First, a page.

The Air You Breathe

By Frances De Pontes Peebles,

Book cover of The Air You Breathe

Why this book?

Friendship, romance, betrayal, drama, music, adventures, beauty, and tragedy, this book has it all. It is a magnificent work of history and Latin culture that immediately took me back from my home country, Brazil, and to another time, pre and post WWII. It is the story of two girls with opposite backgrounds, who grew up together and embraced their artistic careers and dreams of becoming music stars. Graca, the samba singer, the main one on the front stage, with her beauty, charisma, and unique voice; and Dores the songwriter, behind the scenes, with her poetry, the lyrics, the rhythm, the passion, and the determination to be a music group leader. She has the stamina to never give up.

This particular book made me fall in love with historical fiction. Rich in details, well researched, and carefully woven, it was hard to separate what was fiction, what was real. As the plot develops and the artists finally reach Hollywood, one can only ask if this is a fictional account of the famous singer and actress Carmen Miranda. But interestingly, it is her almost unknown friend, Dores, who called my attention the most. Her name literally means pains and sufferings, in Portuguese, but she seems so strong, so resilient. Who is this woman who contributed so much to the birth of the Samba, but yet, might not have received the proper recognition in time and history?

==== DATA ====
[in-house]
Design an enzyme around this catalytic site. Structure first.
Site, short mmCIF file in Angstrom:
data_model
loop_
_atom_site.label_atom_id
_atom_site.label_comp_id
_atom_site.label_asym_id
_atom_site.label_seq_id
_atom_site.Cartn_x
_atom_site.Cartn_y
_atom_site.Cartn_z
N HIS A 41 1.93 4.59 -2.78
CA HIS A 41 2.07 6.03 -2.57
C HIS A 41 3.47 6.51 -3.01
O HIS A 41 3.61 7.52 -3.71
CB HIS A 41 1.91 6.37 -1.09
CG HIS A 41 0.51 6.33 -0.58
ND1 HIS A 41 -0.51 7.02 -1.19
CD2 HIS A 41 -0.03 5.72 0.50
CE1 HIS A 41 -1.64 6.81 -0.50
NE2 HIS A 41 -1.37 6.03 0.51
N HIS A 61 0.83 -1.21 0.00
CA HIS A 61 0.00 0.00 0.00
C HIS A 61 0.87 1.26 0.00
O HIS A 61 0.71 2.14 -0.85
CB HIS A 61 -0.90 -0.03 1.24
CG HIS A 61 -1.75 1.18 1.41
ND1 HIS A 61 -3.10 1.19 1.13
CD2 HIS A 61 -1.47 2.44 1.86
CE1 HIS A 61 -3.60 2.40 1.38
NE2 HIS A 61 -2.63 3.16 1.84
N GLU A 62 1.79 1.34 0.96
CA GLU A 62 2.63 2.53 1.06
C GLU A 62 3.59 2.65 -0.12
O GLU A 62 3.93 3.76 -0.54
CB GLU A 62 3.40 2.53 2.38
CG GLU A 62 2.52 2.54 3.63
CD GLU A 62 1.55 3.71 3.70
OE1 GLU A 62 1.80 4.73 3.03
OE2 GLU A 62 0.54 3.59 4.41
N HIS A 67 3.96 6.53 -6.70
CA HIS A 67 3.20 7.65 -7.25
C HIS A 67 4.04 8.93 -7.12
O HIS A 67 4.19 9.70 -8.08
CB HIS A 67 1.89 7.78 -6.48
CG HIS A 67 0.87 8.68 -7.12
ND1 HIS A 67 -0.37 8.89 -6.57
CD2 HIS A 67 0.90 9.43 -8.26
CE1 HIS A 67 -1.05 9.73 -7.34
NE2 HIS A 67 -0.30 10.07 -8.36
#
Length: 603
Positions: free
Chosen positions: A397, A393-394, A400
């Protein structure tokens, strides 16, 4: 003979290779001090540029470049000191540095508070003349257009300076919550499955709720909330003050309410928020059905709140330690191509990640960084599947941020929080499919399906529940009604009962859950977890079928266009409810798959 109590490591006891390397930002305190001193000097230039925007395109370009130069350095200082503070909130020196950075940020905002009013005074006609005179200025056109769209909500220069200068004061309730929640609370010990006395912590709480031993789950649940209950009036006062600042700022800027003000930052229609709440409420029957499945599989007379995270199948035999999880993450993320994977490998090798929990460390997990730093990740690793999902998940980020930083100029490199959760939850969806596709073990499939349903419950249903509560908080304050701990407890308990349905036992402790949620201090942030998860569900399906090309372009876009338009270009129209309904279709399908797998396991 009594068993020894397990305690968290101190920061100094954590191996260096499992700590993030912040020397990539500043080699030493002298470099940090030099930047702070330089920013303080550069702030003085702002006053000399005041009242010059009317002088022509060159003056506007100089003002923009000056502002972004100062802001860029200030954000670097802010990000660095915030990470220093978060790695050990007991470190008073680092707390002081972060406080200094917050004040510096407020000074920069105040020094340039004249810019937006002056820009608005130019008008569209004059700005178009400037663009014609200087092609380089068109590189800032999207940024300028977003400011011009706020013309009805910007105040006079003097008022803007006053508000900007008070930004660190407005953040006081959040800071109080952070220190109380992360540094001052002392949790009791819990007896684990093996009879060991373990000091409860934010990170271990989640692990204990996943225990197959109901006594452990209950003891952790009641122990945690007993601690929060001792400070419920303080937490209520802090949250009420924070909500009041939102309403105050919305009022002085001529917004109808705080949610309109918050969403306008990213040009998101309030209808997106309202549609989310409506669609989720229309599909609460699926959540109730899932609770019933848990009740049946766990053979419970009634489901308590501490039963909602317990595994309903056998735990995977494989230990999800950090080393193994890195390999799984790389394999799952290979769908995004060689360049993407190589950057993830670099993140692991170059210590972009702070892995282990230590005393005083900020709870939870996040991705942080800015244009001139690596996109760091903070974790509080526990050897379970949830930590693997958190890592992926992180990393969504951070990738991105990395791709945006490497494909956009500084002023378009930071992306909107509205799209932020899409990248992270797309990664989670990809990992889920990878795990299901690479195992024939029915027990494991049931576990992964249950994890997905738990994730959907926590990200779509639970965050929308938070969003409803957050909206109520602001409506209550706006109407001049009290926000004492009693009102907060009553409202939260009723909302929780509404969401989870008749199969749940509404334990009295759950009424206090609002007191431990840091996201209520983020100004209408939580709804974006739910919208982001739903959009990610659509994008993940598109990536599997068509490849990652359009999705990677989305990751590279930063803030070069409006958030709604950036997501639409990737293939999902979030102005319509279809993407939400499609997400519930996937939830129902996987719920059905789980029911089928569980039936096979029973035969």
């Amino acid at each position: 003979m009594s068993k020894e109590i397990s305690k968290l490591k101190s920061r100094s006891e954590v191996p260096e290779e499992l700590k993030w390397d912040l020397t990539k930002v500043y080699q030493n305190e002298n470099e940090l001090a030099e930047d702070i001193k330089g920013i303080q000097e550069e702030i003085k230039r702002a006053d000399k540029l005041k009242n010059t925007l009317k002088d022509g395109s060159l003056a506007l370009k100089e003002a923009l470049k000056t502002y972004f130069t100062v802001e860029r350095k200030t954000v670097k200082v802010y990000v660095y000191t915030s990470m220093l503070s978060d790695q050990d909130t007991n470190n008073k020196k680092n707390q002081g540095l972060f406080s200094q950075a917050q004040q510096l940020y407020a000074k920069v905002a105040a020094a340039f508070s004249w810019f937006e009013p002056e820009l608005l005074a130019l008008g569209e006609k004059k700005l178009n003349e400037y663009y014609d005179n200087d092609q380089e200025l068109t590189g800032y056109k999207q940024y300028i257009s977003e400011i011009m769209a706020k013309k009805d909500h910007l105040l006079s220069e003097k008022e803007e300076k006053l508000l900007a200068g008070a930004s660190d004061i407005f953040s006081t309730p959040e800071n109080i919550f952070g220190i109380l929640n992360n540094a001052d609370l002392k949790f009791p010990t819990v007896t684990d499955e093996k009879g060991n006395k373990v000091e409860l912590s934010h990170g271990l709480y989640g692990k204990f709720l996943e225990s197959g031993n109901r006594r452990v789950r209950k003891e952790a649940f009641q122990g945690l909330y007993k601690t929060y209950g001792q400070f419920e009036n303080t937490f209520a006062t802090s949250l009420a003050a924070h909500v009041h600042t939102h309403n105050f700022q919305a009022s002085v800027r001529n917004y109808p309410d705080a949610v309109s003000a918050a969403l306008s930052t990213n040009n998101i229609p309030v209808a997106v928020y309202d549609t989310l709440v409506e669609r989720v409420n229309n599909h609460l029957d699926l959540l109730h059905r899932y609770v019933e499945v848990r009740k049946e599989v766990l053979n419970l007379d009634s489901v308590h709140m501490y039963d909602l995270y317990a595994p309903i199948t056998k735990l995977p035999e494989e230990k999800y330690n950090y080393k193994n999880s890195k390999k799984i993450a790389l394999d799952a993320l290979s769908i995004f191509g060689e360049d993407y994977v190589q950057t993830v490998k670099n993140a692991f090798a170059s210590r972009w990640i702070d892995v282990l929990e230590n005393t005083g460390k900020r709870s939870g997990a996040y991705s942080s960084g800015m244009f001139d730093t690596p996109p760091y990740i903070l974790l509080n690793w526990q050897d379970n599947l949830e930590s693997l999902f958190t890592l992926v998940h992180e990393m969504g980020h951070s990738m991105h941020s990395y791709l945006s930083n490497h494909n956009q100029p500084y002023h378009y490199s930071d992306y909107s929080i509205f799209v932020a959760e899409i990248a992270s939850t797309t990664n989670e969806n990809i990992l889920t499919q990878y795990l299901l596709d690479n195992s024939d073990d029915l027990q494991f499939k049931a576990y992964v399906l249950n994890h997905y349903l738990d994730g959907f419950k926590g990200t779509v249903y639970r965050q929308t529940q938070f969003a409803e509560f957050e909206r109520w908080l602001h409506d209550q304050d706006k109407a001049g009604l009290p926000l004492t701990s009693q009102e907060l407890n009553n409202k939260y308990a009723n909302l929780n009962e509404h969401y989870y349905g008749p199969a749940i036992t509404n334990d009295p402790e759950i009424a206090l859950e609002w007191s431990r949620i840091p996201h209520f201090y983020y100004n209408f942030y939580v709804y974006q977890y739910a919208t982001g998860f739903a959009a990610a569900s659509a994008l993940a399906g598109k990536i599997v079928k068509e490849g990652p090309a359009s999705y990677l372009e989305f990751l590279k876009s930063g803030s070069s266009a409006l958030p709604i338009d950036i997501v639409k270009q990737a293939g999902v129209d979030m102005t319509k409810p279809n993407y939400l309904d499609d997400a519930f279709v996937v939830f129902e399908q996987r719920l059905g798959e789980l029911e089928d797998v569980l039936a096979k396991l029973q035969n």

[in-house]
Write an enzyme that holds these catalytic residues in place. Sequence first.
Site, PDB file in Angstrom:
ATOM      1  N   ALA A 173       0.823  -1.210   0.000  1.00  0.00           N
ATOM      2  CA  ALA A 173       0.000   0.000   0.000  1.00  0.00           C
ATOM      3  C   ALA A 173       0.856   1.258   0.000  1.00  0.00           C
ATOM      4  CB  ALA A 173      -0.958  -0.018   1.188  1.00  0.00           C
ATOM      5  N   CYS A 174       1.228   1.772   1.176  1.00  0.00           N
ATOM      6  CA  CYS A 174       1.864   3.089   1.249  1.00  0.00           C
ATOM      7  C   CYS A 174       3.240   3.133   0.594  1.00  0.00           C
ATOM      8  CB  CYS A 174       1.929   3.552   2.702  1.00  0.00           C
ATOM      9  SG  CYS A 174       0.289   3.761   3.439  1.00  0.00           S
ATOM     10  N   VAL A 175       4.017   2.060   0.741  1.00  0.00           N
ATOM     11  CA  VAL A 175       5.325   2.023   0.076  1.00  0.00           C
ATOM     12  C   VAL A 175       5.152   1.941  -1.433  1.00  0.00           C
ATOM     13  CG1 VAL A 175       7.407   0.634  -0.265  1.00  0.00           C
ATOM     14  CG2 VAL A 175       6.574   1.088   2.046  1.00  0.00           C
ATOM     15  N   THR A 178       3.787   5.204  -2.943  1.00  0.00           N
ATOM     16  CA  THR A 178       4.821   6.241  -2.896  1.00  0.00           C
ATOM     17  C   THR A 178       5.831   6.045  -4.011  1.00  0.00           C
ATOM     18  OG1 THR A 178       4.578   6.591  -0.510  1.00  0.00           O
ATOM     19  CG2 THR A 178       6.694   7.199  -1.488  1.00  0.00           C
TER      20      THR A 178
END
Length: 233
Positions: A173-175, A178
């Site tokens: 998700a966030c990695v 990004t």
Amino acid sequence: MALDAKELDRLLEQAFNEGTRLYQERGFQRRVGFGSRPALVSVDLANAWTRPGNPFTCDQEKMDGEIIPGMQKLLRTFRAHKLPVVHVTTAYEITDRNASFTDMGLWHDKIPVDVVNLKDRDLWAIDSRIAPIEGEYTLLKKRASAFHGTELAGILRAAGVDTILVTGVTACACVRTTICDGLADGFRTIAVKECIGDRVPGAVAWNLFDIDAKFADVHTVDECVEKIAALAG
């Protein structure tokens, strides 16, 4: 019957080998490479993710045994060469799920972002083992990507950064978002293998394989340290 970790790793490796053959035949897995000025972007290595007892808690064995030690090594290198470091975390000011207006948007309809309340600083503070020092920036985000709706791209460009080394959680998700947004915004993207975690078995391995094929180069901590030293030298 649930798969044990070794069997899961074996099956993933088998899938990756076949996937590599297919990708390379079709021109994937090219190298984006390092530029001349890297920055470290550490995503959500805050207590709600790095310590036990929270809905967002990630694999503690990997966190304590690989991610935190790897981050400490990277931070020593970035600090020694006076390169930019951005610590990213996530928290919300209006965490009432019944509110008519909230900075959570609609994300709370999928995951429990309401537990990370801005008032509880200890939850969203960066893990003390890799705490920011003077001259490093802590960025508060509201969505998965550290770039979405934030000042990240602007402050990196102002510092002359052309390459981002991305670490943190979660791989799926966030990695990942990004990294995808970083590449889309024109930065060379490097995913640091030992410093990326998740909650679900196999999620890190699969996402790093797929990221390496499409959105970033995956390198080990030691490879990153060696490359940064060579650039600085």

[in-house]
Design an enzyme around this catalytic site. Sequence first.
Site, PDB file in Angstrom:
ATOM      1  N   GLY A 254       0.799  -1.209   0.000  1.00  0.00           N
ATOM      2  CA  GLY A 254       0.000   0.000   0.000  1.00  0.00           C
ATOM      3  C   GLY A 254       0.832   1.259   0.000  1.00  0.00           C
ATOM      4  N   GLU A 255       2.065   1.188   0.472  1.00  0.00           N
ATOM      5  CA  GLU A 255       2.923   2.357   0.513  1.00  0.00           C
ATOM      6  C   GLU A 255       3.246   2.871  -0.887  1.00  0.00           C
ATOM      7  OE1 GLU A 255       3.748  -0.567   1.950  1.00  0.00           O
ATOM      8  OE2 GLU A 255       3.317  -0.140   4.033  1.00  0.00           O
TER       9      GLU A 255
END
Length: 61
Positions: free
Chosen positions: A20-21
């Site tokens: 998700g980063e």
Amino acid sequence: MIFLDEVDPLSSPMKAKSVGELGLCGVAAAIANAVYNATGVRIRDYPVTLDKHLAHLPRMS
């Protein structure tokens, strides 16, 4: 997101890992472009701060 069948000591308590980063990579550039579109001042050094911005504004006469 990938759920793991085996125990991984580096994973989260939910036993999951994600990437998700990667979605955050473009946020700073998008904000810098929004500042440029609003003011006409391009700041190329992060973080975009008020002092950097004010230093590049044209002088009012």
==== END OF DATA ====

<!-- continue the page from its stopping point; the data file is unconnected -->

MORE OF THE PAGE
Music Psychology in Education

By Susan Hallam,

Book cover of Music Psychology in Education

Why this book?

Whether you’re a learner or a teacher, developing an interest in what goes on behind the scenes will naturally reap many benefits. This fascinating book deals with many issues that need to be considered whether music is a hobby or a profession. Susan considers how music is processed in the brain, what musical ability actually is, the psychological side of learning to play an instrument and sing, what feeds into our motivation, and generally the extraordinary impact that music has on our lives.